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Partial Splenic Artery Embolization in Cirrhosis Is a Safe and Useful Procedure

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DOI: 10.4236/ojgas.2018.89035    205 Downloads   526 Views  

ABSTRACT

Background: Portal Hypertension is a common complication of cirrhosis. It leads to splenomegaly which manifests with features of hypersplenism. This results in leucopenia which increases the likelihood of sepsis and prevents treatment with interferon. Thrombocytopenia increases the risk of bleeding including variceal bleeds which make the anemia worse. This study was done to determine the usefulness and safety of partial splenic artery embolization (PSAE) in portal hypertension due to cirrhosis. Methods: Patients with PSAE were identified by using International Classification of Diseases (ICD)-10 coding from medical records and their charts were reviewed retrospectively. 25 patients underwent splenic artery embolization at The Aga Khan University Hospital Karachi from November 2000 to December 2016. 18 patients who underwent PSAE for disabling hypersplenism caused by cirrhosis were included. Patients who were under 18 year of age, or in whom PSAE were performed for reasons other than cirrhosis and those with missing records/incomplete data were excluded (n = 7). Information was collected regarding demographic details, procedure indications, nature, technique, clinical efficacy, repeat embolization and complications along with laboratory and radiological investigations. Results: Eighteen patients of cirrhosis with a mean age of 43.47 ± 10.926 years, of which 14 were males, underwent PSAE (19 procedures). Indications were severe hypersplenism which precluded treatment with interferon and ribavirin (n = 8) and recurrent Gastro-oesophageal variceal (GOV) bleeds due to advanced Child-Pugh grade and thrombocytopenia (n = 10). Hematological parameters improved significantly following PSAE. Three out of eight patients successfully completed interferon + ribavirin treatment for hepatitis C (HCV) infection post PSAE, and GOV bleeds stopped in eight out of 10 patients. Complications included mild Left upper quadrant (LUQ) abdominal pain n = 9 (47.3%), post-embolization syndrome n = 4 (21%), and clinically insignificant pleural effusion n = 4 (21%). One patient developed spontaneous bacterial peritonitis (SBP) which was appropriately managed. One patient needed re-emobilization after 6 months. Conclusion: PSAE is a safe and effective procedure in the treatment of hypersplenism due to cirrhosis.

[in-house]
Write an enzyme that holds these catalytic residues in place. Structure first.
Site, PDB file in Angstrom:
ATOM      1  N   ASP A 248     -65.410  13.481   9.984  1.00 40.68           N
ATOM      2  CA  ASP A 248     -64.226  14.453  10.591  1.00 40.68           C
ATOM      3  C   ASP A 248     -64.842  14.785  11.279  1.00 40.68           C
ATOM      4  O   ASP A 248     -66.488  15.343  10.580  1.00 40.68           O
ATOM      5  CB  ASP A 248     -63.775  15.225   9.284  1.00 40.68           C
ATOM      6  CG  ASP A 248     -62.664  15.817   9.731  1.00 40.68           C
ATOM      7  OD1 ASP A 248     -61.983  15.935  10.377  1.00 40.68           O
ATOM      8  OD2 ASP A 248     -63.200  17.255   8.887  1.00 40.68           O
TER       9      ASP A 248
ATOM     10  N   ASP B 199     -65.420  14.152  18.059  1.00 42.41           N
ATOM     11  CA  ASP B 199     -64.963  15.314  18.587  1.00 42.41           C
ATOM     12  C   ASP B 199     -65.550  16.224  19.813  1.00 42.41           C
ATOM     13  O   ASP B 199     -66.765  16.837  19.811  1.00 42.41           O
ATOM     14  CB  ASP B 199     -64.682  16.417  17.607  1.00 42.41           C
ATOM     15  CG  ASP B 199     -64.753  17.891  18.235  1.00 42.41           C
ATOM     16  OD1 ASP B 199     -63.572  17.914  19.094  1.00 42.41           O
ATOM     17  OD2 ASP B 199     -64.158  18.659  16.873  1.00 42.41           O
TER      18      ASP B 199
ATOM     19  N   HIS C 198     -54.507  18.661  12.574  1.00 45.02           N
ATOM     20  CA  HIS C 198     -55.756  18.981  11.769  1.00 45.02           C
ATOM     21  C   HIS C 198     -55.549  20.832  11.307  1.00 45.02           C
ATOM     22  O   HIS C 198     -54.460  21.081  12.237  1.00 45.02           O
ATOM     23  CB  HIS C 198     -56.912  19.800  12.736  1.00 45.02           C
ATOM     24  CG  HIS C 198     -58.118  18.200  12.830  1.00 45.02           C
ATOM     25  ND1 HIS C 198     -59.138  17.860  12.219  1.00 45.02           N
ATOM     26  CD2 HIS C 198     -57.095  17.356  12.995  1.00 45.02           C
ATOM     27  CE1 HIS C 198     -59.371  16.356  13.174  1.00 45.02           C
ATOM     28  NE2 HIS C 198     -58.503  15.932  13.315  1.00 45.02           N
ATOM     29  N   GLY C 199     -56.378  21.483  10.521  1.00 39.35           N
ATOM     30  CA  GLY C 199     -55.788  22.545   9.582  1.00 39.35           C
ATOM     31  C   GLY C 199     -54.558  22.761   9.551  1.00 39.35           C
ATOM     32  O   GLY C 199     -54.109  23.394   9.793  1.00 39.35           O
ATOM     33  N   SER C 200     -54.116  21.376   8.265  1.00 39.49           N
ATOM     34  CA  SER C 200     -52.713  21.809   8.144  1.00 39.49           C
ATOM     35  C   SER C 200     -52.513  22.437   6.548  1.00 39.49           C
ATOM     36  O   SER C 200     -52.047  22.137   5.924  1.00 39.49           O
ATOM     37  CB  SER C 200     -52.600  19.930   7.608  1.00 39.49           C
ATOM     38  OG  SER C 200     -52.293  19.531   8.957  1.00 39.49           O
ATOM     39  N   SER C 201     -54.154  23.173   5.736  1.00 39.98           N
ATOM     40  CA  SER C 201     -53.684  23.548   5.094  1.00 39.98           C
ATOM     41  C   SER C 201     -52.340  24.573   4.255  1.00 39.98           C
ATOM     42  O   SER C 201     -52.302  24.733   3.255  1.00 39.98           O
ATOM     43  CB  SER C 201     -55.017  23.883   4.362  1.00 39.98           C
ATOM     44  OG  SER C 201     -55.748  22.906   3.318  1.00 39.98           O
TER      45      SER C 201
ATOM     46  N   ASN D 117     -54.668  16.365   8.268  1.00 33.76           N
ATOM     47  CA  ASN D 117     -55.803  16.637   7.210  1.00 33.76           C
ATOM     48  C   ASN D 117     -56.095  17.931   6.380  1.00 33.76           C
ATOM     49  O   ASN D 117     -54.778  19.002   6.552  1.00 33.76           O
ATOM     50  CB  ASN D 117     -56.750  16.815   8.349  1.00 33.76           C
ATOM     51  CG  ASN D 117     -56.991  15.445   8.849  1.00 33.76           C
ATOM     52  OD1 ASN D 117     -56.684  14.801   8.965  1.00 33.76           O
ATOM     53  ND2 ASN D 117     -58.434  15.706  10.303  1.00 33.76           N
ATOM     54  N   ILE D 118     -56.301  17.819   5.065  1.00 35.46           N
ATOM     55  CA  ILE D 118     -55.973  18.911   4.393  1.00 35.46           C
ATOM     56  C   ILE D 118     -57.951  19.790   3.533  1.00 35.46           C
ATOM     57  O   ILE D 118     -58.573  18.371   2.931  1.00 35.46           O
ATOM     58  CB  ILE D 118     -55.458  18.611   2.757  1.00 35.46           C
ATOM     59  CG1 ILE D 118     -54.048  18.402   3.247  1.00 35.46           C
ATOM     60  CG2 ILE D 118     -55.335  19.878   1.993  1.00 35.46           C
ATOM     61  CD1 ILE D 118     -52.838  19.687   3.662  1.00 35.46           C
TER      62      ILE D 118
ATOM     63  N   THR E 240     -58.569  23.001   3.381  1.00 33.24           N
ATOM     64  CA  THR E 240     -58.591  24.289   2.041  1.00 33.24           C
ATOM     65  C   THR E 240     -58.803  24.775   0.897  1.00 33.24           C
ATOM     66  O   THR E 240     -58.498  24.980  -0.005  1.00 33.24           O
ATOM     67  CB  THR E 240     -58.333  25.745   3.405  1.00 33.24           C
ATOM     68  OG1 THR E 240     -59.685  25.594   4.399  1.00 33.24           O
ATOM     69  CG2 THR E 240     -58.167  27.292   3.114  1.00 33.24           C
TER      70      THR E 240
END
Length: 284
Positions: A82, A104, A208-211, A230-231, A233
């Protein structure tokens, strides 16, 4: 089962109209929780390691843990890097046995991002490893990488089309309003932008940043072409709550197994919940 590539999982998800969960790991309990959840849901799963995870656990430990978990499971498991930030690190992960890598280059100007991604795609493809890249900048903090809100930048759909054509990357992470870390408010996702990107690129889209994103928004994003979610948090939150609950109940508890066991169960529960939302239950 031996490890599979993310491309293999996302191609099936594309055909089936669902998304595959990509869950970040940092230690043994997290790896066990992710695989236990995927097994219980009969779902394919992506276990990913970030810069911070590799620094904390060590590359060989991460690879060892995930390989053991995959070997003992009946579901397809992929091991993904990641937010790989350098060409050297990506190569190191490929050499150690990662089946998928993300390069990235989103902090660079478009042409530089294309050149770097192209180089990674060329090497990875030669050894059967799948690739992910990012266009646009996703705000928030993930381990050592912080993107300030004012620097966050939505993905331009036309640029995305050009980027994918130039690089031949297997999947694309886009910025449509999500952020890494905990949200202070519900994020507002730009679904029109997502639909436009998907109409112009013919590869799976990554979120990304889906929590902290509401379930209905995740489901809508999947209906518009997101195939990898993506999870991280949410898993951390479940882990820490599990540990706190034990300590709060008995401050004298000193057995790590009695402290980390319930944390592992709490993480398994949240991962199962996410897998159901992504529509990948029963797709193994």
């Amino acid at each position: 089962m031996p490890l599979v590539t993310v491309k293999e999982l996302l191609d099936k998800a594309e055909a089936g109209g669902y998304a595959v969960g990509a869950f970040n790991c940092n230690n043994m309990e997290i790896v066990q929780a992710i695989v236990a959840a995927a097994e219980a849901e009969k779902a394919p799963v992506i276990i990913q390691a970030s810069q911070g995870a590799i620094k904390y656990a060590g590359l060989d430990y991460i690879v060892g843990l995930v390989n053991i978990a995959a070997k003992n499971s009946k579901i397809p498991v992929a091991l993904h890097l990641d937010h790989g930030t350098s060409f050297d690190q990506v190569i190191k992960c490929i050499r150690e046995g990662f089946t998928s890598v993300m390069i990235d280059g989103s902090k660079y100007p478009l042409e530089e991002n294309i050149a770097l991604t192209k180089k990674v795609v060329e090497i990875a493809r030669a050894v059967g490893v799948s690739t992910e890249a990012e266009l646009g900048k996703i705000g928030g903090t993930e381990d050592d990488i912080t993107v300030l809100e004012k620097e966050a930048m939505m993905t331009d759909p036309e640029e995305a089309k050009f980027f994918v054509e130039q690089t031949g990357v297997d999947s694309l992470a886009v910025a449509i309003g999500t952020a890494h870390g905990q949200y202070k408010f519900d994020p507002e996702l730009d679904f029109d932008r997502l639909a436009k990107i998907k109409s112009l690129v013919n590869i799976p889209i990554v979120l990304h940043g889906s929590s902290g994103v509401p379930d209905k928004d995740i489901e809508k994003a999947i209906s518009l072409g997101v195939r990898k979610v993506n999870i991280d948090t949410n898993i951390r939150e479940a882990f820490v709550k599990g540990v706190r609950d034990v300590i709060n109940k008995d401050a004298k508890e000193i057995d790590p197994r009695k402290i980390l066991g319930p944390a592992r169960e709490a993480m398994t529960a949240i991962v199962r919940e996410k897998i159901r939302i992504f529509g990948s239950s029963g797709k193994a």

1. Introduction

Hypersplenism occurs in the majority of patients suffering from cirrhosis and portal hypertension [1] . Splenic pooling and sequestration of blood cells lead to cytopenias, which precludes them from treatment options for chronic viral hepatitis or any invasive procedure/surgeries and also makes them prone to recurrent GI bleed.

Currently partial splenic artery embolization (PSAE) is an approved minimally invasive intervention for management of portal hypertension, gastric variceal hemorrhage, hypersplenism, control of splenic hemorrhage from trauma or prior to surgical resection, idiopathic thrombocytopenic purpura, splenic artery aneurysms or pseudoaneurysms, and splenic steal syndrome (nonocclusive hepatic artery hypoperfusion syndrome [NOHAH]) in liver transplant recipients [2] [3] [4] .

Splenic artery embolization interrupts arterial flow to the splenic artery or to one of its branches; it may be considered as an alternative, either to splenectomy or to ligation of the splenic artery. Total splenectomy may be a useful cure for hypersplenism, but it is associated with perioperative complications and also impairs the capability of the body to create antibodies against encapsulated microorganisms, thus making the individual prone to sepsis. Many authors have advocated incomplete or partial embolization (PSAE), in which a segment of the splenic parenchyma is left viable to maintain the immunologic function [3] [5] .